Jun 162011

Washington aerospace 1-98-411The U.S. economy may be growing so slowly it is hard to find a pulse, but things are different in the rest of the world. The global economy continues to grow, and at a decent pace.

Once people get their basic needs for food, clothing and shelter covered, they want to travel. Most commercial planes flying today were not designed for today’s high fuel prices.

Those are the building blocks for Boeing’s announcement June 15 that it will increase 737 production to 42 planes a month by the second half of 2014.

Boeing had already tipped its hand with word a month ago that it would be adding 1,200 employees over the next couple of years at Renton, where the 737 is assembled. Boeing currently assembles about 31 planes a month at Renton. Boeing previously announced rate increases to 35 a month by next spring and 38 a month the following spring.

Boeing is surely counting on increased productivity over time at Renton, where about 10,000 now work. I will not be surprised if the head count there eventually goes beyond 11,200. It will many more pairs of skilled hands to turn out two 737s every working day. The production-rate and head-count increase are obviously tremendously positive news for the Puget Sound metropolitan area and Washington State. They take some sting out of  news that Washington’s economy shed jobs in May.

As the chart shows, direct aerospace employment in Washington, mostly at Boeing, but also at machine shops and other suppliers, is far below the peak reached in summer 1998. At that peak, aerospace jobs accounted for 31% of all manufacturing jobs in Washington State, and 4.4% of all wage-and-salary jobs. (At the beginning of the 1990s, the sector accounted for 5.4% of all payroll jobs.)

The six-year cyclical decline that was accelerated by the aftermath of the terrorist attack on the United States on 9/11 eliminated more than 52,000 high-paying aerospace  jobs. Peak to trough, the decline was a punishing 46%.

From the trough in the summer of 2004, the aerospace sector added about 500 jobs a month at a steady clip right up to the time the International Association of Machinists struck Boeing in September of 2008. IAM timing turned out to be terrible. Within days of picket lines going up, the banking crisis that had been gathering steam since the peak of the housing bubble in late 2006 erupted spectacularly. Lehman Brothers Holdings was deemed not too big to fail, the banking system froze everywhere, and the global economy raced off a cliff.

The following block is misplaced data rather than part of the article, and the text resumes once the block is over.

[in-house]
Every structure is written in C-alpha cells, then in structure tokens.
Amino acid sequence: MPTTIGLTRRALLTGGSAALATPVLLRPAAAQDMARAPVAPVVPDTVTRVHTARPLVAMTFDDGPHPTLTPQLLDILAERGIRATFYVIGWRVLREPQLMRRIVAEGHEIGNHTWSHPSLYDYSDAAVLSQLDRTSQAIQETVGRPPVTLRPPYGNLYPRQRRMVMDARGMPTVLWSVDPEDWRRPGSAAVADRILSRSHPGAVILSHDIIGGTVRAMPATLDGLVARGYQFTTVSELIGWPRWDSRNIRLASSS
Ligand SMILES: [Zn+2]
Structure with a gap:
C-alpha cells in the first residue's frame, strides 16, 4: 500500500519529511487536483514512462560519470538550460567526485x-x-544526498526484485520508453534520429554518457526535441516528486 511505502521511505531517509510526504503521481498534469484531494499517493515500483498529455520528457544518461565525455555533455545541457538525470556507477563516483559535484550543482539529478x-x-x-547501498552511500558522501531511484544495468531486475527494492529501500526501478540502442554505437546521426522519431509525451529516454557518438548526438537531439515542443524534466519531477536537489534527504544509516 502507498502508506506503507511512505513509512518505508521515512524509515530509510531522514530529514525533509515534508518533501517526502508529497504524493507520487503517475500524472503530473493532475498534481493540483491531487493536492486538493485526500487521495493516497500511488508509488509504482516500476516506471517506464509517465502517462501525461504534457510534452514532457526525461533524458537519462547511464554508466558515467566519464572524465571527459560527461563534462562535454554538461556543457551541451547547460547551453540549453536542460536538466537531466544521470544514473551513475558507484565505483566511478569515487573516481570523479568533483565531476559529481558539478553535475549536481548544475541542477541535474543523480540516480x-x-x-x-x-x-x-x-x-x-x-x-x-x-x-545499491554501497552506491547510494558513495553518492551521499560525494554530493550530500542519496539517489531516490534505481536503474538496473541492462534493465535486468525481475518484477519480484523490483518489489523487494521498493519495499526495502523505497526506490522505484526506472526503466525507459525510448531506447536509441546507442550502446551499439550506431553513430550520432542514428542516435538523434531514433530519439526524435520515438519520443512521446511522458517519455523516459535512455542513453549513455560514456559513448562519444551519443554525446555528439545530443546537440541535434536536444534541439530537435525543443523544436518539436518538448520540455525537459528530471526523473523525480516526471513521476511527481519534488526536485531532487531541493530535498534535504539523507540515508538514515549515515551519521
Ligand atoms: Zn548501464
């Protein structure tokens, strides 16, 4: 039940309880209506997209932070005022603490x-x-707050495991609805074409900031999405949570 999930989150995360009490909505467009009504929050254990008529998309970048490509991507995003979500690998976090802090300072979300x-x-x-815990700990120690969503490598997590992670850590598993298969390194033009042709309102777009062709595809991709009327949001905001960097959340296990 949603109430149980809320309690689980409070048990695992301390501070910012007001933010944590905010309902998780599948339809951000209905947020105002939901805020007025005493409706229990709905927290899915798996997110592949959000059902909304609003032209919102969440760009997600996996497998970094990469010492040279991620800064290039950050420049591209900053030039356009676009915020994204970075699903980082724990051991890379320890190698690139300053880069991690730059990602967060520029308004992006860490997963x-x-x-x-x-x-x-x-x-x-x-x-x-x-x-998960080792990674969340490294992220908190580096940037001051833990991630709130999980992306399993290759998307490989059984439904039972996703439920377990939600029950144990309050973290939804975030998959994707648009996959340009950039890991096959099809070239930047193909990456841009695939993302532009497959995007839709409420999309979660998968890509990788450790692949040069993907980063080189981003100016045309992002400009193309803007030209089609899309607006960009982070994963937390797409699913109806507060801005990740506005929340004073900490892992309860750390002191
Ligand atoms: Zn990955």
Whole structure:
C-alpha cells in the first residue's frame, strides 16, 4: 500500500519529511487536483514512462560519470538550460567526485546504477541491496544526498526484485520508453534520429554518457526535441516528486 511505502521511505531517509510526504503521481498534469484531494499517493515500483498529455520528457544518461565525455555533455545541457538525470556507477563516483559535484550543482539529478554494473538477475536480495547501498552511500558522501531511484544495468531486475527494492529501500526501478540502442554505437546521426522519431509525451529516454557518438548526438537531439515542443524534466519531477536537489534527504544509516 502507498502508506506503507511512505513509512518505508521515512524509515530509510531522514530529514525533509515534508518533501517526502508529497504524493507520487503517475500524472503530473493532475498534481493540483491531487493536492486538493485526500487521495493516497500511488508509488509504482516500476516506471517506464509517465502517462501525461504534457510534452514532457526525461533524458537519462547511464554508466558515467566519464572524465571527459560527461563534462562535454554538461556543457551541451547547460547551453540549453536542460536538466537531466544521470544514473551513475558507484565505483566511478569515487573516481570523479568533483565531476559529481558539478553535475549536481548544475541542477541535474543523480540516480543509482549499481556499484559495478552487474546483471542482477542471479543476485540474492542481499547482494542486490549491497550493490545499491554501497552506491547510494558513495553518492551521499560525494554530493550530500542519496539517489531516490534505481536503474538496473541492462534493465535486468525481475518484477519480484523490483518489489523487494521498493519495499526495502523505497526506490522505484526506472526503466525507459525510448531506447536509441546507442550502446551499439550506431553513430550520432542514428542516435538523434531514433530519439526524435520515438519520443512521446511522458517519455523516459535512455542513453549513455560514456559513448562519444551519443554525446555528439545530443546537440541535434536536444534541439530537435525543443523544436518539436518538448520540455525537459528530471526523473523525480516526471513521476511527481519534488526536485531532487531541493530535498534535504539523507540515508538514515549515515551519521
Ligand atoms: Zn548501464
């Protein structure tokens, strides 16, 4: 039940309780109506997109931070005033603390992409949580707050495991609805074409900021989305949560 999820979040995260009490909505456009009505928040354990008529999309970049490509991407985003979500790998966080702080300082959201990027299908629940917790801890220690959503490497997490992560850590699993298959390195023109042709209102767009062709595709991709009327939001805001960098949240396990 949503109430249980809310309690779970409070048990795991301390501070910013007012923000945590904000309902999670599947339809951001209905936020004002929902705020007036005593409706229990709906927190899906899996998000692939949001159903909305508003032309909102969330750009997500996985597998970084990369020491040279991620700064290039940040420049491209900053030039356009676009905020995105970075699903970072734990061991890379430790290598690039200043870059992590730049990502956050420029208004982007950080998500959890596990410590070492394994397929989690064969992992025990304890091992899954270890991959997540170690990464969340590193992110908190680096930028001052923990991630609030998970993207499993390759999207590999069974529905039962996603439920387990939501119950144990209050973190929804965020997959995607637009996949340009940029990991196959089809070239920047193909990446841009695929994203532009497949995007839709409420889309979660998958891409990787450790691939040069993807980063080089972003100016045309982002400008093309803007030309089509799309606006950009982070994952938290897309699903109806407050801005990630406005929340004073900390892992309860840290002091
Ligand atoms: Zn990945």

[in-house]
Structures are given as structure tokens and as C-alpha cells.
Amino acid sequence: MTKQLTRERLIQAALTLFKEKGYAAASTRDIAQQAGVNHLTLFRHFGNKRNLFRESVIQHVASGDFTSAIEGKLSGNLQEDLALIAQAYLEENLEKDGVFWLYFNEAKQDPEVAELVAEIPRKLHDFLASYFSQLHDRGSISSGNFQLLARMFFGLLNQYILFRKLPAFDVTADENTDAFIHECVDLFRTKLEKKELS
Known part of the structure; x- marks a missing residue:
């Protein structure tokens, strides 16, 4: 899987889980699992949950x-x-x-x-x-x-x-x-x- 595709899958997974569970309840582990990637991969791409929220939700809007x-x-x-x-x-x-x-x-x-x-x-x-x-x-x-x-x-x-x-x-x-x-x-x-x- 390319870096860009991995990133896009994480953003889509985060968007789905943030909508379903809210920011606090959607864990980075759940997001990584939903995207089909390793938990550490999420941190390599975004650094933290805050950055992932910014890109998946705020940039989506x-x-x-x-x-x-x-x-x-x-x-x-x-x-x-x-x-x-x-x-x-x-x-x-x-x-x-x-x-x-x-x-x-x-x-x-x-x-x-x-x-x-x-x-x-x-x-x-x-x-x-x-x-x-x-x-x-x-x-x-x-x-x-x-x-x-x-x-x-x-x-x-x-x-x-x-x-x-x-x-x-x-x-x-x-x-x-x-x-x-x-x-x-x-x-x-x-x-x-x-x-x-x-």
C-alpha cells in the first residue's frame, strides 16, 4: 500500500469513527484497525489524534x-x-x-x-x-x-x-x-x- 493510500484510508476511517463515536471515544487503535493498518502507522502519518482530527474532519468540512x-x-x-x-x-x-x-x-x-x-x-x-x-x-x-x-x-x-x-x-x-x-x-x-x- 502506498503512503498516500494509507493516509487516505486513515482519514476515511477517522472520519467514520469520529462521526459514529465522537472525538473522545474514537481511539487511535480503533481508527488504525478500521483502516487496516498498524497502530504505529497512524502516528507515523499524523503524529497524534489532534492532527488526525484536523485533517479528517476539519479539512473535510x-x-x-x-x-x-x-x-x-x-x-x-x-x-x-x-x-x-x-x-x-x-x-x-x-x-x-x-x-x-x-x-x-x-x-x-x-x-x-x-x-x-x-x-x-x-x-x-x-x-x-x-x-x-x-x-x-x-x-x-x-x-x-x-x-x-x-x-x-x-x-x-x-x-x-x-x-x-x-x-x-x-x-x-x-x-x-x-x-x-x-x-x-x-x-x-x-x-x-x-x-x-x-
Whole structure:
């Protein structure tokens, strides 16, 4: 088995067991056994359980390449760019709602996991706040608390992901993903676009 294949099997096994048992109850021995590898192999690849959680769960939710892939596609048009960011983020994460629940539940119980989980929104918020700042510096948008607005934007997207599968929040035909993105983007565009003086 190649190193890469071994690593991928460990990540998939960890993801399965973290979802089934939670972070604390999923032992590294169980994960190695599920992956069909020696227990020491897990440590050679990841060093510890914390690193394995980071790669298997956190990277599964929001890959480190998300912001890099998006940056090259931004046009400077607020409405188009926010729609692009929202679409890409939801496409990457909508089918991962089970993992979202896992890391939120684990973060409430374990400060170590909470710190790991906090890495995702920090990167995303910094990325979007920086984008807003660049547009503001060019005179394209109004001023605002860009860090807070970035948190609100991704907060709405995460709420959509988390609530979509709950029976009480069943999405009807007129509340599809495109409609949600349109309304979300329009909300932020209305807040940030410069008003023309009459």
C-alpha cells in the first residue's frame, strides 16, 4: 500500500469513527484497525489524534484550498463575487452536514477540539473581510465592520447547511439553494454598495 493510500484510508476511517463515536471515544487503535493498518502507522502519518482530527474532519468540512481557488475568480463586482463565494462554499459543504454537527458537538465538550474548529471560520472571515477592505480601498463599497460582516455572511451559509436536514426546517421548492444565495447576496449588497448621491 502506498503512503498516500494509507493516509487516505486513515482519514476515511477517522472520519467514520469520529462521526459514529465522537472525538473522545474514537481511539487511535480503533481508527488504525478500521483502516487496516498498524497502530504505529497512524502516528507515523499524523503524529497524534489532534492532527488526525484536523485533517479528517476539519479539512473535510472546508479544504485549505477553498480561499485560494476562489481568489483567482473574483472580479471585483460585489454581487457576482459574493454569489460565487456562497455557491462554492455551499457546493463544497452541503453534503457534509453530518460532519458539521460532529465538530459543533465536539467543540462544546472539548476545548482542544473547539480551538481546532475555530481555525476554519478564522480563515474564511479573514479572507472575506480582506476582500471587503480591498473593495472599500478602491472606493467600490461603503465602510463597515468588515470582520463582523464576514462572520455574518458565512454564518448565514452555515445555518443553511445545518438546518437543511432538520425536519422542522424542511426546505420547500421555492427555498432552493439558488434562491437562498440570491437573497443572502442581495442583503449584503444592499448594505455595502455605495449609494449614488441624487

As far as Boeing is concerned, that’s ancient history. The company’s newest annual forecast for commercial airplanes, just out, predicts that 33,500 new passenger and freighter airplanes will be delivered over the next 20 years. While big airplanes like the double-decker A380 and Boeing’s 777 tend to grab the imagination and get a lot of ink, most new deliveries will be single-aisle planes like the 737. Boeing says 40% of all new deliveries over the next 20 years will be for replacement. Drill down into the CMO spreadsheets, and you will find that three of four airplanes flying today will have been retired and replaced in the next 20 years. Given fuel-price trends, I am not surprised.

Aerospace employment today accounts for 3.0% of all payroll jobs in Washington. Head count in the sector likely will overtake the August 2008 high by the time kids are back in school in the fall. Partly because of outsourcing, even at a diminished level, but also because of higher productivity, I doubt the sector will ever again reach or exceed 100,000.

Keep your eye on the calendar. The contract that settled the 2008 machinists’ strike will be up in September 2012. Jon Talton, the Seattle Times economic columnist and an acquaintance, sees the possibility of a “Grand Compromise” that will keep Boeing assembly jobs in the Puget Sound area for as far ahead as the eye can see. I hope he’s right on that score. He’s surely right to say that the competition for these high-paying jobs comes not from right-to-work states in the U.S., but from China.


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